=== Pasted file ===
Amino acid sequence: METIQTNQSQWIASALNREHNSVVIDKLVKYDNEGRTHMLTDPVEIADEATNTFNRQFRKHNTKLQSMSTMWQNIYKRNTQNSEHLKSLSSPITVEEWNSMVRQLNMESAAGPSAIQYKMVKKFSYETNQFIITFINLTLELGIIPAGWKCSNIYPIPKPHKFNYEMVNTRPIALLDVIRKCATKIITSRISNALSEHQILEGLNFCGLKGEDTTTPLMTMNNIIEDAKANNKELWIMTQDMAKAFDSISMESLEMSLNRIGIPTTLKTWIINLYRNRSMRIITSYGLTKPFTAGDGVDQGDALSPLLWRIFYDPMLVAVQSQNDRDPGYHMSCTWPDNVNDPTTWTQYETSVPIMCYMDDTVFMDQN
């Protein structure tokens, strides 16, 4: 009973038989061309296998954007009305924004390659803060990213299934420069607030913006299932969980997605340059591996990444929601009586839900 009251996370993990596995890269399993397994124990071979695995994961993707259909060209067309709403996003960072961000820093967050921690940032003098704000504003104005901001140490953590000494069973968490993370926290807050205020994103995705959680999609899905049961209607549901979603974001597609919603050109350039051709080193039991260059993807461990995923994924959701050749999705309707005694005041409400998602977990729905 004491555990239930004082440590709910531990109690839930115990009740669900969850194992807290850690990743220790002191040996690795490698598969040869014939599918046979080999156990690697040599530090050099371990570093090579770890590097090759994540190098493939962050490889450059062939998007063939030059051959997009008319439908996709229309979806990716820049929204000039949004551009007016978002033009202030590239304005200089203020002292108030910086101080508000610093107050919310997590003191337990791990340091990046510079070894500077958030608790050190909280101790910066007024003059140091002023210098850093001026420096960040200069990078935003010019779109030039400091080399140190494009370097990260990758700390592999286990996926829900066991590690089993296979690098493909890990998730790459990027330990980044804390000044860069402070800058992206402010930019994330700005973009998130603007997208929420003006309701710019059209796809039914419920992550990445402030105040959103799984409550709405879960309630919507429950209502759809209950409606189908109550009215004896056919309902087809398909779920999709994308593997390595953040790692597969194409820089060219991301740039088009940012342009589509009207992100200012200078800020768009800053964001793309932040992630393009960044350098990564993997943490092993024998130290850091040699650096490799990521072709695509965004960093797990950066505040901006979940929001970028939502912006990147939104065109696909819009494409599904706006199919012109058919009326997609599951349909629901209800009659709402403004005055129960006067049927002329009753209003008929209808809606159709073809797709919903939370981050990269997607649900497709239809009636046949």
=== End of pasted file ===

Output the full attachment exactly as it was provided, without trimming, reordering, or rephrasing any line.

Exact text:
Amino acid sequence: METIQTNQSQWIASALNREHNSVVIDKLVKYDNEGRTHMLTDPVEIADEATNTFNRQFRKHNTKLQSMSTMWQNIYKRNTQNSEHLKSLSSPITVEEWNSMVRQLNMESAAGPSAIQYKMVKKFSYETNQFIITFINLTLELGIIPAGWKCSNIYPIPKPHKFNYEMVNTRPIALLDVIRKCATKIITSRISNALSEHQILEGLNFCGLKGEDTTTPLMTMNNIIEDAKANNKELWIMTQDMAKAFDSISMESLEMSLNRIGIPTTLKTWIINLYRNRSMRIITSYGLTKPFTAGDGVDQGDALSPLLWRIFYDPMLVAVQSQNDRDPGYHMSCTWPDNVNDPTTWTQYETSVPIMCYMDDTVFMDQN
């Protein structure tokens, strides 16, 4: 009973038989061309296998954007009305924004390659803060990213299934420069607030913006299932969980997605340059591996990444929601009586839900 009251996370993990596995890269399993397994124990071979695995994961993707259909060209067309709403996003960072961000820093967050921690940032003098704000504003104005901001140490953590000494069973968490993370926290807050205020994103995705959680999609899905049961209607549901979603974001597609919603050109350039051709080193039991260059993807461990995923994924959701050749999705309707005694005041409400998602977990729905 004491555990239930004082440590709910531990109690839930115990009740669900969850194992807290850690990743220790002191040996690795490698598969040869014939599918046979080999156990690697040599530090050099371990570093090579770890590097090759994540190098493939962050490889450059062939998007063939030059051959997009008319439908996709229309979806990716820049929204000039949004551009007016978002033009202030590239304005200089203020002292108030910086101080508000610093107050919310997590003191337990791990340091990046510079070894500077958030608790050190909280101790910066007024003059140091002023210098850093001026420096960040200069990078935003010019779109030039400091080399140190494009370097990260990758700390592999286990996926829900066991590690089993296979690098493909890990998730790459990027330990980044804390000044860069402070800058992206402010930019994330700005973009998130603007997208929420003006309701710019059209796809039914419920992550990445402030105040959103799984409550709405879960309630919507429950209502759809209950409606189908109550009215004896056919309902087809398909779920999709994308593997390595953040790692597969194409820089060219991301740039088009940012342009589509009207992100200012200078800020768009800053964001793309932040992630393009960044350098990564993997943490092993024998130290850091040699650096490799990521072709695509965004960093797990950066505040901006979940929001970028939502912006990147939104065109696909819009494409599904706006199919012109058919009326997609599951349909629901209800009659709402403004005055129960006067049927002329009753209003008929209808809606159709073809797709919903939370981050990269997607649900497709239809009636046949």